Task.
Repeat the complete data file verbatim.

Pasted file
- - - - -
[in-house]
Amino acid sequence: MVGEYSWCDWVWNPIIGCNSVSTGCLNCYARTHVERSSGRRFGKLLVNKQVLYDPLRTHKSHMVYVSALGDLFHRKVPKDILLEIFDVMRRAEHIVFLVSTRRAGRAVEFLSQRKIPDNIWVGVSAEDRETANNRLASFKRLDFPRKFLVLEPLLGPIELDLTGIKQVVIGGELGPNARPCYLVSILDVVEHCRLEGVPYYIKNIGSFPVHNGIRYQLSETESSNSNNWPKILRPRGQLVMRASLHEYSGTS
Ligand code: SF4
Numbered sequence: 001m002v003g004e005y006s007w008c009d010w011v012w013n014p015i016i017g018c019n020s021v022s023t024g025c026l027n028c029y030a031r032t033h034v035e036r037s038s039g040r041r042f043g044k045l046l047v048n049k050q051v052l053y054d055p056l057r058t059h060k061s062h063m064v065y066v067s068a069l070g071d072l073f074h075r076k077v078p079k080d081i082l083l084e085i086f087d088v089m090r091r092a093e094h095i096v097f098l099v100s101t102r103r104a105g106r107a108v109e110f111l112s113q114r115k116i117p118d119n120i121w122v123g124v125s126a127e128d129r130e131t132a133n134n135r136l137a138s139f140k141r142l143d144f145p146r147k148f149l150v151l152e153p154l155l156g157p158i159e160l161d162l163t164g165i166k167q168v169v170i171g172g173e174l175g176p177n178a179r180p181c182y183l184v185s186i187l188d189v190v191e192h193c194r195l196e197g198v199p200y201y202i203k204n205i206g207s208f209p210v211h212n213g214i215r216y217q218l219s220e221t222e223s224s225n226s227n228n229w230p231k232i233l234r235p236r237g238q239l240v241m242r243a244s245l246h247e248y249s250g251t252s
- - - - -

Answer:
[in-house]
Amino acid sequence: MVGEYSWCDWVWNPIIGCNSVSTGCLNCYARTHVERSSGRRFGKLLVNKQVLYDPLRTHKSHMVYVSALGDLFHRKVPKDILLEIFDVMRRAEHIVFLVSTRRAGRAVEFLSQRKIPDNIWVGVSAEDRETANNRLASFKRLDFPRKFLVLEPLLGPIELDLTGIKQVVIGGELGPNARPCYLVSILDVVEHCRLEGVPYYIKNIGSFPVHNGIRYQLSETESSNSNNWPKILRPRGQLVMRASLHEYSGTS
Ligand code: SF4
Numbered sequence: 001m002v003g004e005y006s007w008c009d010w011v012w013n014p015i016i017g018c019n020s021v022s023t024g025c026l027n028c029y030a031r032t033h034v035e036r037s038s039g040r041r042f043g044k045l046l047v048n049k050q051v052l053y054d055p056l057r058t059h060k061s062h063m064v065y066v067s068a069l070g071d072l073f074h075r076k077v078p079k080d081i082l083l084e085i086f087d088v089m090r091r092a093e094h095i096v097f098l099v100s101t102r103r104a105g106r107a108v109e110f111l112s113q114r115k116i117p118d119n120i121w122v123g124v125s126a127e128d129r130e131t132a133n134n135r136l137a138s139f140k141r142l143d144f145p146r147k148f149l150v151l152e153p154l155l156g157p158i159e160l161d162l163t164g165i166k167q168v169v170i171g172g173e174l175g176p177n178a179r180p181c182y183l184v185s186i187l188d189v190v191e192h193c194r195l196e197g198v199p200y201y202i203k204n205i206g207s208f209p210v211h212n213g214i215r216y217q218l219s220e221t222e223s224s225n226s227n228n229w230p231k232i233l234r235p236r237g238q239l240v241m242r243a244s245l246h247e248y249s250g251t252s